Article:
Iranian Foreign Minister Ali Akbar Salehi is due to discuss the Syrian crisis and President Bashar al-Assad’s peace plan with Egyptian President Mohammad Mursi during his upcoming visit to Cairo, a senior Iranian diplomat revealed on Wednesday.
“Ali Akbar Salehi will meet President Mohammad Mursi and his Egyptian counterpart Mohammad Kamel Amr during his Cairo visit and after that will hold meetings with UN-Arab League Peace Envoy to Syria Lakhdar Brahimi and certain other Egyptian figures,” Head of Tehran’s Interests Section in Cairo Mojtaba Amani said in an interview with Asharq Alawsat newspaper.
He called the trip as important, and said during the visit, Salehi will consult with the Egyptian officials on Syria and the three-staged peace plan proposed by President Assad to settle the present crisis in his country.
In a speech in Central Damascus on Sunday, President Assad called for a reconciliation conference with “those who have not betrayed Syria”, to be followed by the formation of a new government and an amnesty.
“The first stage of a political solution would require that regional powers stop funding and arming (the opposition), an end to terrorist operations and controlling the borders,” he said.
“We will not have dialogue with a puppet made by the West,” he said.
Syria has been experiencing unrest since March 2011 with organized attacks by well-armed gangs against Syrian police forces and border guards being reported across the country.
The US and its western and regional allies have long sought to topple Assad and his ruling system. Media reports said that the Syrian rebels and terrorist groups have received significantly more and better weapons in recent weeks, a crime paid for by the Persian Gulf Arab states and coordinated by the United States.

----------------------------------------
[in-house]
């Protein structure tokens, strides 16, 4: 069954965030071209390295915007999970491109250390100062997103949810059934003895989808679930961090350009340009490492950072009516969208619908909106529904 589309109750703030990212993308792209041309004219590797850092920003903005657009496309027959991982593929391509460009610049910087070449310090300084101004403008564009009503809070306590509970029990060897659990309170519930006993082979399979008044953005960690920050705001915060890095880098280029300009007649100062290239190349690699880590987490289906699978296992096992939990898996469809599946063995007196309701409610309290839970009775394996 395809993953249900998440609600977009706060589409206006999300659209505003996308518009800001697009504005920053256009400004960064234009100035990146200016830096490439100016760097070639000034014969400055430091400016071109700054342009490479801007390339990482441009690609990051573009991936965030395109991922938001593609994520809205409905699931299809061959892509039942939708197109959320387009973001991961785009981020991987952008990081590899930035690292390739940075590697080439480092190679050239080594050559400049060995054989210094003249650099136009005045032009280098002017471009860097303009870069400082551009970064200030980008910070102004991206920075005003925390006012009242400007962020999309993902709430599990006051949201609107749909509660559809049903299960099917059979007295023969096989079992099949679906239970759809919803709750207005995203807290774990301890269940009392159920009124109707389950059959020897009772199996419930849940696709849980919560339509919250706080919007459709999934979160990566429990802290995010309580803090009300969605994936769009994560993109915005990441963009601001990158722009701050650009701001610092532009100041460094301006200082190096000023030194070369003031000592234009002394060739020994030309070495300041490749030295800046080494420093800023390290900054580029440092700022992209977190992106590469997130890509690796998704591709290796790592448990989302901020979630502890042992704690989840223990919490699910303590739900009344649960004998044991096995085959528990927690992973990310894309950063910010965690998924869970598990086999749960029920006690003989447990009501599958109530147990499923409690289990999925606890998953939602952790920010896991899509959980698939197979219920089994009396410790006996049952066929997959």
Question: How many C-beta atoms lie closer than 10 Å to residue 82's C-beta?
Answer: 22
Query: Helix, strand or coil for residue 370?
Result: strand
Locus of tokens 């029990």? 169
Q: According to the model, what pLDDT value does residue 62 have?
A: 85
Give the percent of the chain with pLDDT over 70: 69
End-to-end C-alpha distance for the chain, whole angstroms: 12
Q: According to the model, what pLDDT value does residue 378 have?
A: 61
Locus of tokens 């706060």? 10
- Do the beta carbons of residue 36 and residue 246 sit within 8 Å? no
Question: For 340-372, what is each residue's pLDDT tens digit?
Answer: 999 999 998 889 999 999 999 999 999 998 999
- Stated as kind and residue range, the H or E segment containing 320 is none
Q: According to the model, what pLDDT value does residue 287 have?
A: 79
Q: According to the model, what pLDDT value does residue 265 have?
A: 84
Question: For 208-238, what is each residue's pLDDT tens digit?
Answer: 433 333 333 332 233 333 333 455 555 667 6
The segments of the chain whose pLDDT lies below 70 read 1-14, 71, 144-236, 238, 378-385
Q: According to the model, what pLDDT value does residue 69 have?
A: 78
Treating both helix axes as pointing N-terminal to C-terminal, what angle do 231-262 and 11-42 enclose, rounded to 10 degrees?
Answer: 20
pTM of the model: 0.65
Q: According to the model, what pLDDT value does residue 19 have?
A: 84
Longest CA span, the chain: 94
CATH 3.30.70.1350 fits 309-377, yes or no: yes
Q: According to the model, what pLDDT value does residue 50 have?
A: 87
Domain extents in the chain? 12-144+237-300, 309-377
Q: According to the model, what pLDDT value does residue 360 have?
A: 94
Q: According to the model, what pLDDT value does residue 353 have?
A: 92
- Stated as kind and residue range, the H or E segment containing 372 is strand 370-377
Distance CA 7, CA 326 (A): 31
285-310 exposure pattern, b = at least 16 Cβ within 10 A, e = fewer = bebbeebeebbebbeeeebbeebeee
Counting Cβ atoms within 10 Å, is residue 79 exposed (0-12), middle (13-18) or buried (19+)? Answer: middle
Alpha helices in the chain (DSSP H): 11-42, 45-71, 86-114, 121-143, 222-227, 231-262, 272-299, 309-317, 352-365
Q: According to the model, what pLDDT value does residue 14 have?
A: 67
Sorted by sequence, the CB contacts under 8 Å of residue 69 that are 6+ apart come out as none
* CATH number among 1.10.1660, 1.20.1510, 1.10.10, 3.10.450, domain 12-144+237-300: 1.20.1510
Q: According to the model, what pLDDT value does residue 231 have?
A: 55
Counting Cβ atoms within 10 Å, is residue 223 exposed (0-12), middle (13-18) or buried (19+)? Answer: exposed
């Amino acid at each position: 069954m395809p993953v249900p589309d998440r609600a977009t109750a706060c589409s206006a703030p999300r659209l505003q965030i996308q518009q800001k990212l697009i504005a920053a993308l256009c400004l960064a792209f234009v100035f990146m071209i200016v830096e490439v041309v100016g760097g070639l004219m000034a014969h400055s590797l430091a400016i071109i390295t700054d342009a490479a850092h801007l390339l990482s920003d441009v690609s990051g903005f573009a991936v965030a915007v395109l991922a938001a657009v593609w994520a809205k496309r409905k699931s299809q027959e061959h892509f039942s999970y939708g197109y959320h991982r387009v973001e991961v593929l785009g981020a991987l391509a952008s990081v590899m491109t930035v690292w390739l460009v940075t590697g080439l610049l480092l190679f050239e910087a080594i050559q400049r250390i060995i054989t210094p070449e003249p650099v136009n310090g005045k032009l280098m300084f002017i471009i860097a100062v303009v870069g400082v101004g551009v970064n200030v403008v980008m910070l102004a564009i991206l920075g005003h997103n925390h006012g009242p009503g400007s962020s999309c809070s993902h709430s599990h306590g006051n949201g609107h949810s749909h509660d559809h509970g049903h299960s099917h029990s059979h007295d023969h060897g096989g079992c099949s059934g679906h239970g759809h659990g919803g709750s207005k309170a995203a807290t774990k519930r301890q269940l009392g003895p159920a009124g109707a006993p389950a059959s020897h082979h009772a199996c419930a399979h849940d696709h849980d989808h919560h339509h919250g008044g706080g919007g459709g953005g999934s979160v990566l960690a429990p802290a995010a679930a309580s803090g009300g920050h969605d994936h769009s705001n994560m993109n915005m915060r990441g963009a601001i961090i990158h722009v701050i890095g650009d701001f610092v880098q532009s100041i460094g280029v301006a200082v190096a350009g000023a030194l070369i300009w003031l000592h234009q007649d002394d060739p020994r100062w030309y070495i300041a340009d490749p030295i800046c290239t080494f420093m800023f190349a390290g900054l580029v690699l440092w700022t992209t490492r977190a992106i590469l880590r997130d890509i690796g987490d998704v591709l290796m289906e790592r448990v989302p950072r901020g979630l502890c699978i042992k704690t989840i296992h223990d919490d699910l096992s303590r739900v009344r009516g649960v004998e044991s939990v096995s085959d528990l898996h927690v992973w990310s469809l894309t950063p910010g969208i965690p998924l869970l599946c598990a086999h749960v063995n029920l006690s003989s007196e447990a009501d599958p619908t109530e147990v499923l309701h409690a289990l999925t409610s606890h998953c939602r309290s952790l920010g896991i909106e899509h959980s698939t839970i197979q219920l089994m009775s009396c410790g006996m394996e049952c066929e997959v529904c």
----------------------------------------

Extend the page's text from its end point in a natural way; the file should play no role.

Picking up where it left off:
The US daily, Washington Post, reported in May that the Syrian rebels and terrorist groups battling the President Bashar al-Assad’s government have received significantly more and better weapons in recent weeks, a crime paid for by the Persian Gulf Arab states and coordinated by the United States.
The newspaper, quoting opposition activists and US and foreign officials, reported that Obama administration officials emphasized the administration has expanded contacts with opposition military forces to provide the Persian Gulf nations with assessments of rebel credibility and command-and-control infrastructure.
Opposition activists who several months ago said the rebels were running out of ammunition said in May that the flow of weapons – most bought on the black market in neighboring countries or from elements of the Syrian military in the past – has significantly increased after a decision by Saudi Arabia, Qatar and other Persian Gulf states to provide millions of dollars in funding each month.